Biomedical Spectroscopy and Imaging - Volume Pre-press, issue Pre-press
Purchase individual online access for 1 year to this journal.
Price: EUR 110.00
Biomedical Spectroscopy and Imaging (BSI) is a multidisciplinary journal devoted to the timely publication of basic and applied research that uses spectroscopic and imaging techniques in different areas of life science including biology, biochemistry, biotechnology, bionanotechnology, environmental science, food science, pharmaceutical science, physiology and medicine. Scientists are encouraged to submit their work for publication in the form of original articles, brief communications, rapid communications, reviews and mini-reviews.
The journal is dedicated to providing a single forum for experts in spectroscopy and imaging as applied to biomedical problems, and also for life scientists who use these powerful methods for advancing their research work. BSI aims to promote communication, understanding and synergy across the diverse disciplines that rely on spectroscopy and imaging. It also encourages the submission of articles describing development of new devices and technologies, based on spectroscopy and imaging methods, for application in diverse areas including medicine, biomedical science, biomaterials science, environmental science, pharmaceutical science, proteomics, genomics, metabolomics, microbiology, biotechnology, genetic engineering, nanotechnology, etc.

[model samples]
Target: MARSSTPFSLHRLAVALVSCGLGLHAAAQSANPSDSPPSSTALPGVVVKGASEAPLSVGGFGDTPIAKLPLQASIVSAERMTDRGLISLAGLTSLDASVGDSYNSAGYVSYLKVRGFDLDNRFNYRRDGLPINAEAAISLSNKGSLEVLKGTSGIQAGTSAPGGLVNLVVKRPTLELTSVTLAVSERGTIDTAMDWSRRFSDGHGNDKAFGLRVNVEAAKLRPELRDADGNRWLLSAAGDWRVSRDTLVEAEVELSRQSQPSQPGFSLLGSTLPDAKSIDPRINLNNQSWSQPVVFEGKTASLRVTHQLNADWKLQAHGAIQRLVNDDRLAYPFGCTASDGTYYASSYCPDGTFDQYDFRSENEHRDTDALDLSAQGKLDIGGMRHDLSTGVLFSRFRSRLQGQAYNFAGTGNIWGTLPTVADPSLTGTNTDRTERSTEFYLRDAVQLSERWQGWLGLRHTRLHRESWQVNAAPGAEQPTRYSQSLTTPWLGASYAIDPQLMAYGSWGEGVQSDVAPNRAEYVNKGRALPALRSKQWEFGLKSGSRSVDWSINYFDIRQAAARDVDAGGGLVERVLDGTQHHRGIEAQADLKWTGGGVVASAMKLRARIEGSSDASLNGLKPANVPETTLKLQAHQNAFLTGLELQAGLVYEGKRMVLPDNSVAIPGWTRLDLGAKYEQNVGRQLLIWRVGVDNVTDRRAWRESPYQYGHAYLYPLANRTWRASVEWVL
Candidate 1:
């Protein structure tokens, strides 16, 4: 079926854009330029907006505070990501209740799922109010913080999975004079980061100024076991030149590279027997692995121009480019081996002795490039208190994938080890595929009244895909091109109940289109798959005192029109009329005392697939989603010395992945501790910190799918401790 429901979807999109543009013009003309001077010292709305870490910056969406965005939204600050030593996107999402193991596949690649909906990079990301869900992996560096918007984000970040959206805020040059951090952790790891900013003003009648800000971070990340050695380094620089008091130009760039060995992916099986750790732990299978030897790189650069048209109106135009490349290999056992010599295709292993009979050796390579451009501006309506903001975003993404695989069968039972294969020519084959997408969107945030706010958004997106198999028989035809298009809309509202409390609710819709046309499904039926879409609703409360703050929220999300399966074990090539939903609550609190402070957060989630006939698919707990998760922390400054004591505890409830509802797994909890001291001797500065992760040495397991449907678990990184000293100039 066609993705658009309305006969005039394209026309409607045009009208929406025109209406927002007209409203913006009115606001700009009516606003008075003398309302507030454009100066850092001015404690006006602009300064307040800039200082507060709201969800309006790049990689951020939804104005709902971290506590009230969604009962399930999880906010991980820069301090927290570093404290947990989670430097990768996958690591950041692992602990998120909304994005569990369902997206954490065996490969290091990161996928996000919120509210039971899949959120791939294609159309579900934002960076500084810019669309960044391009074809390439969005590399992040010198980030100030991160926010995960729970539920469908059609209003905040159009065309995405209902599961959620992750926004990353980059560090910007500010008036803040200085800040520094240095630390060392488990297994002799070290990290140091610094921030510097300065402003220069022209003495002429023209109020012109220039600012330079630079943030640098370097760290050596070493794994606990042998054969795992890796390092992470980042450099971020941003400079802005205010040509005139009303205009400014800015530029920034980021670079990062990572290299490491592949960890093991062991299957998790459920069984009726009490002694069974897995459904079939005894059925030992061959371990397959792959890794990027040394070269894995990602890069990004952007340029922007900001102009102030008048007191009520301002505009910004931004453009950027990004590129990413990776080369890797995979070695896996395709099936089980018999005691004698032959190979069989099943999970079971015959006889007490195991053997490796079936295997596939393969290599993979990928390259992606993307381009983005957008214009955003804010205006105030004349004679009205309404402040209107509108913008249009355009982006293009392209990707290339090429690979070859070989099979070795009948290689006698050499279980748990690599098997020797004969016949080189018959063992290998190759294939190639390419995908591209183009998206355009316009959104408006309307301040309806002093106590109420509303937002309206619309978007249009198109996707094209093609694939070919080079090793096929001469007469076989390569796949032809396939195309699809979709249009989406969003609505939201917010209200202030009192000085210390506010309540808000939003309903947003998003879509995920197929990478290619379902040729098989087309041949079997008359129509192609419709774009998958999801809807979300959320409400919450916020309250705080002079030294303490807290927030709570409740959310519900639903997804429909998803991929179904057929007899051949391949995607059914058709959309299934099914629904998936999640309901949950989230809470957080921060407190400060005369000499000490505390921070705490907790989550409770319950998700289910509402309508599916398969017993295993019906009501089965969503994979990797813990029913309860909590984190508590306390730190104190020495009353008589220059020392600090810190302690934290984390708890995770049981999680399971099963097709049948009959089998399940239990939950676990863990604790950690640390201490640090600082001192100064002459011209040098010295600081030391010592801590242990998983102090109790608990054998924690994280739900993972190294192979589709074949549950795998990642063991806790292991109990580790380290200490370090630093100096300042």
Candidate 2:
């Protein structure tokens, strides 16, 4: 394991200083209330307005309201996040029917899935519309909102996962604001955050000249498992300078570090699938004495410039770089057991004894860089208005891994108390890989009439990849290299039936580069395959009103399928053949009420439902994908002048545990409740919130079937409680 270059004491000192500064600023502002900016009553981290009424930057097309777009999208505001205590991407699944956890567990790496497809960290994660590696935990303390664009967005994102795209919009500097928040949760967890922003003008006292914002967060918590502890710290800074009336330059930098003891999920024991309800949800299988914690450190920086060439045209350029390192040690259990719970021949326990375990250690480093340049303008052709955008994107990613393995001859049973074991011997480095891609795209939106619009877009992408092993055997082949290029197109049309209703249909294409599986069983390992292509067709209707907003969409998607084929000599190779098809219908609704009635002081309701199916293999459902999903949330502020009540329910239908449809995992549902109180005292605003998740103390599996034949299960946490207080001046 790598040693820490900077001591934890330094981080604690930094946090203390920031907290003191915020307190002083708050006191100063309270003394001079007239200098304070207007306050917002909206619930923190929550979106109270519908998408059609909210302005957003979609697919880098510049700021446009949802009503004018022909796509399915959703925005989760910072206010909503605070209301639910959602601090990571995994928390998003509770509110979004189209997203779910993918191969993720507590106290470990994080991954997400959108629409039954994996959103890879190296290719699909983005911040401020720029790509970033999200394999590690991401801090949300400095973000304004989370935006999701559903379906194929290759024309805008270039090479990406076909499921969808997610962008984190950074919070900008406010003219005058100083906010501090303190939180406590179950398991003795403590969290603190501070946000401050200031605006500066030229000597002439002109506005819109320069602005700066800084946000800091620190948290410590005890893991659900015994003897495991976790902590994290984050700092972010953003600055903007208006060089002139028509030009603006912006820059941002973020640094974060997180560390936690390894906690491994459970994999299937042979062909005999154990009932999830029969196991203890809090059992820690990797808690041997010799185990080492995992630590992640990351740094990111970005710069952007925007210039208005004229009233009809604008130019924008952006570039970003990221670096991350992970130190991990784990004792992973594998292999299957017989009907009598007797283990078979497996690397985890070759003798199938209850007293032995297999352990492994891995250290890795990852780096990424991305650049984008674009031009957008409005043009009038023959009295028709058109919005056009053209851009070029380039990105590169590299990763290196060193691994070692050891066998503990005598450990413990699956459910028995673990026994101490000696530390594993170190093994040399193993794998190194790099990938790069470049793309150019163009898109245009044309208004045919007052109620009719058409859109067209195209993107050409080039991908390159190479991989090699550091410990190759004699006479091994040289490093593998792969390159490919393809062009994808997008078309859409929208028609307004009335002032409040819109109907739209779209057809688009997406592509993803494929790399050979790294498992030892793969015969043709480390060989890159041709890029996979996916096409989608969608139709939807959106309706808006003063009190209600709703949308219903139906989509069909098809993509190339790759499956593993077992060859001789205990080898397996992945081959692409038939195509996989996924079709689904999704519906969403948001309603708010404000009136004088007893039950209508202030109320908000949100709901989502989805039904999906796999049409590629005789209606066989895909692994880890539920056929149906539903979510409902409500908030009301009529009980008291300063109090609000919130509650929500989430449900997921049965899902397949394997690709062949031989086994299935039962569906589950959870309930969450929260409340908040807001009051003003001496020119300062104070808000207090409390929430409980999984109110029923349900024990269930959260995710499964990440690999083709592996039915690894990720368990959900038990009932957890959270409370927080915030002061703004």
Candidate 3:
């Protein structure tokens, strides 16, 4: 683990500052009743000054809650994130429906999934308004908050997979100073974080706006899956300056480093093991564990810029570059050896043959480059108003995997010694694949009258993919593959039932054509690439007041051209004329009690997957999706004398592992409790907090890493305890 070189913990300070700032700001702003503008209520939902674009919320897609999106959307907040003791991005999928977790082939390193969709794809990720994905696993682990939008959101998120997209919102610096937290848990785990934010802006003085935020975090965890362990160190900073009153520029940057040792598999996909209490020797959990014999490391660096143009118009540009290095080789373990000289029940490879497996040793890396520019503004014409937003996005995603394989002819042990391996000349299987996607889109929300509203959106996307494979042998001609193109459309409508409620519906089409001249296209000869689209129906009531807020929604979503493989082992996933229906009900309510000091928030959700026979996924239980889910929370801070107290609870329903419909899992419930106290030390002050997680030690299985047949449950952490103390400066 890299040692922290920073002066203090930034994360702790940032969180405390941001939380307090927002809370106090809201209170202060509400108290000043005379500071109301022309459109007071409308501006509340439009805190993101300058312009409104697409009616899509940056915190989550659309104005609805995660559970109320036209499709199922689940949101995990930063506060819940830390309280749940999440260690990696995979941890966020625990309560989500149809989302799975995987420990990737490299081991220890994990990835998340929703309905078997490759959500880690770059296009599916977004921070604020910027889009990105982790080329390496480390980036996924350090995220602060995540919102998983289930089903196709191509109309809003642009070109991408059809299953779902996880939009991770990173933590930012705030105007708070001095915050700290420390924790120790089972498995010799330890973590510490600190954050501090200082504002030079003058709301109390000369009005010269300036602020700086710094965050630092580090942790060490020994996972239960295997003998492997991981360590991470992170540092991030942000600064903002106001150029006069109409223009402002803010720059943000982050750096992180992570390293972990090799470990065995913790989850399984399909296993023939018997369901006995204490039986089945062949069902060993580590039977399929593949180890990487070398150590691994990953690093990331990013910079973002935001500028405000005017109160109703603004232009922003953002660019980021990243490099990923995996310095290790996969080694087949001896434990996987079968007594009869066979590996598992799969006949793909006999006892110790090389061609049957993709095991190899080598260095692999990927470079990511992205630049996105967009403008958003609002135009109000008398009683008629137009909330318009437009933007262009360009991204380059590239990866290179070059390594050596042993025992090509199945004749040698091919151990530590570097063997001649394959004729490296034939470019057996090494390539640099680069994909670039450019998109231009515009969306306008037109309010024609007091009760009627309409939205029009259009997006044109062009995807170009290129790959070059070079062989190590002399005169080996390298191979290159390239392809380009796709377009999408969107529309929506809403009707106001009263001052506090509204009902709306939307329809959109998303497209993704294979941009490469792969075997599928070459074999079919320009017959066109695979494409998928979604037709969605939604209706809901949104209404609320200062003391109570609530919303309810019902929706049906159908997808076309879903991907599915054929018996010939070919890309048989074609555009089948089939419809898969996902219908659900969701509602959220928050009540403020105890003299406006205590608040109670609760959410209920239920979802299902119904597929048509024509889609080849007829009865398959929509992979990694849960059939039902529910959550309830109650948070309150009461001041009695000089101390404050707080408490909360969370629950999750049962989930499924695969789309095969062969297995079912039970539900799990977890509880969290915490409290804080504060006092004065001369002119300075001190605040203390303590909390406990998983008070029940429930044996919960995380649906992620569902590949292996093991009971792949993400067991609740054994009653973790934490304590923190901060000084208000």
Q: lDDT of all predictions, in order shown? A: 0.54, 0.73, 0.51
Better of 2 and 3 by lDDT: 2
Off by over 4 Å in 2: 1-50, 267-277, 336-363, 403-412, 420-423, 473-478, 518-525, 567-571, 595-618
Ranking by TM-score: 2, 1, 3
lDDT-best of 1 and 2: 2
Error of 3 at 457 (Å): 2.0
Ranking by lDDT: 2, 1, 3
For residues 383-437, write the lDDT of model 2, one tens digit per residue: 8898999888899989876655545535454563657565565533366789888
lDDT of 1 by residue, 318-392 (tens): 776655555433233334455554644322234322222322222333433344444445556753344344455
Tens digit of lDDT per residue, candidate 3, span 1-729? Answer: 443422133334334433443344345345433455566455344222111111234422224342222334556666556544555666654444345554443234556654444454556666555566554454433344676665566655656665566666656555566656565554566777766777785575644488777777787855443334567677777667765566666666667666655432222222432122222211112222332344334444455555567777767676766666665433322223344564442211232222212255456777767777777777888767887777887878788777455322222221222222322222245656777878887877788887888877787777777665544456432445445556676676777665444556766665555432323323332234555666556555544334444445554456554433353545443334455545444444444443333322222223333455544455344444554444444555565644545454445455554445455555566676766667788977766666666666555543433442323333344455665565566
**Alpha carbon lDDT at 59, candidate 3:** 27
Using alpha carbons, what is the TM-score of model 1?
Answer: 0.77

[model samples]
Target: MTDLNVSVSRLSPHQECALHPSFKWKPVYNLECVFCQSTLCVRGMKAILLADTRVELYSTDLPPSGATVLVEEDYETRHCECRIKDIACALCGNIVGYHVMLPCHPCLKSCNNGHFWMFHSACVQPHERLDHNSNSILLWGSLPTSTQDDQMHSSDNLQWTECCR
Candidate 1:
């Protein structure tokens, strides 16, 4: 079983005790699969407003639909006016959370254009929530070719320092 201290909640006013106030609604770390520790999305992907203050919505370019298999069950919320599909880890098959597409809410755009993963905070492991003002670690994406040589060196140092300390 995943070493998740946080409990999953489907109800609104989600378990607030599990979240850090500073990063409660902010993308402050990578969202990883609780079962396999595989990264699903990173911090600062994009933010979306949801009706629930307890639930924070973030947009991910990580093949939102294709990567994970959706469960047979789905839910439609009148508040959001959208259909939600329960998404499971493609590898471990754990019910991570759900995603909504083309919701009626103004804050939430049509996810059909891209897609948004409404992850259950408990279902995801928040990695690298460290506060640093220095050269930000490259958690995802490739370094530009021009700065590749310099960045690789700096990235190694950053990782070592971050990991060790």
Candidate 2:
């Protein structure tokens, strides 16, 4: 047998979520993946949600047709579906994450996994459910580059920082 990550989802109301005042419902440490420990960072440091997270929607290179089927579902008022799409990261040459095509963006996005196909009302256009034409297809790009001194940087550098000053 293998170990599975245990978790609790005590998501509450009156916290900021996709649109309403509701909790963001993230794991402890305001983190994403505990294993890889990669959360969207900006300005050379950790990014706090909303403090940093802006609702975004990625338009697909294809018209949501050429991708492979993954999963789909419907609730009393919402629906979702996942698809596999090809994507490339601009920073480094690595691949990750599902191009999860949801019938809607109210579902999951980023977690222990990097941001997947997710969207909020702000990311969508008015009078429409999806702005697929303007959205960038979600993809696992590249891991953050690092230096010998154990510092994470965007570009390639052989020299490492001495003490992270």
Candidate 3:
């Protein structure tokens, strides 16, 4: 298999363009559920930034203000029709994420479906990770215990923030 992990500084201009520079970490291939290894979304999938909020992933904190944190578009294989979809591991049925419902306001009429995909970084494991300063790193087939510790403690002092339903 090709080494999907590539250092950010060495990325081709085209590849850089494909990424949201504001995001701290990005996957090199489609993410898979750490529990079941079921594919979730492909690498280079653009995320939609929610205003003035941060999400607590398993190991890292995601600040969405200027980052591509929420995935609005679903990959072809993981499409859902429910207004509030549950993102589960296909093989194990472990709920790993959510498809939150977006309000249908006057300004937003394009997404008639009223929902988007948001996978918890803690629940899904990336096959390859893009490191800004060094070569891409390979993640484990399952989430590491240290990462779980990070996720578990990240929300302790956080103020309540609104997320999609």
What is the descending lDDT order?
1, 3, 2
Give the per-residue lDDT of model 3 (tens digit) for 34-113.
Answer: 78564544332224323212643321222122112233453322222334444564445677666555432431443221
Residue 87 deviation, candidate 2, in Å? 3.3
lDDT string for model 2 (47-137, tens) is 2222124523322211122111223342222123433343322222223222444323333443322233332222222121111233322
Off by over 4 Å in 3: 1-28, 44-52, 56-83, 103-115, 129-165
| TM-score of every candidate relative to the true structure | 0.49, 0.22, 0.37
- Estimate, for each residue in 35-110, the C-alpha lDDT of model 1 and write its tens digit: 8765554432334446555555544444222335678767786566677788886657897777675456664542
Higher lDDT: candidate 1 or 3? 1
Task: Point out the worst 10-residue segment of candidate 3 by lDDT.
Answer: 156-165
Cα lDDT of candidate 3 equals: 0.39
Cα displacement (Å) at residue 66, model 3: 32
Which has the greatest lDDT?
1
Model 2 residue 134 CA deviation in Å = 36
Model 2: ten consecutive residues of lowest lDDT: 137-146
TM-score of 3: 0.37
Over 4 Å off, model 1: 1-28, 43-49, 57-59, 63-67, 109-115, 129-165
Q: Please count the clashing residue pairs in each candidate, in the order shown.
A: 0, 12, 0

Abstract: In view of the global pandemic that started in 2020, caused by COVID-19, the importance of the existence of fast, reliable, cheap diagnostic techniques capable of detecting the virus even in the first days of infection became evident. This review discusses studies involving the use of spectroscopic techniques in the detection of viruses in clinical samples. Techniques based on mid-infrared, near-infrared, Raman, and molecular fluorescence are explained and it was demonstrated how they can be used in conjunction with computational tools of multivariate analysis to build models capable of detecting viruses. Studies that used real clinical samples from 2011 to…2021 were analyzed. The results demonstrate the potential of the techniques in detecting viruses. Spectroscopic techniques, as well as chemometric techniques, were also explained. Viral diagnosis based on spectroscopy has interesting advantages compared to standard techniques such as: fast results, no need for reagents, non-destructiveness for the sample, no need for sample preparation, relatively low cost, among others. Several studies have corroborated the real possibility that, in the near future, we may have spectroscopic tools being successfully applied in viral diagnosis.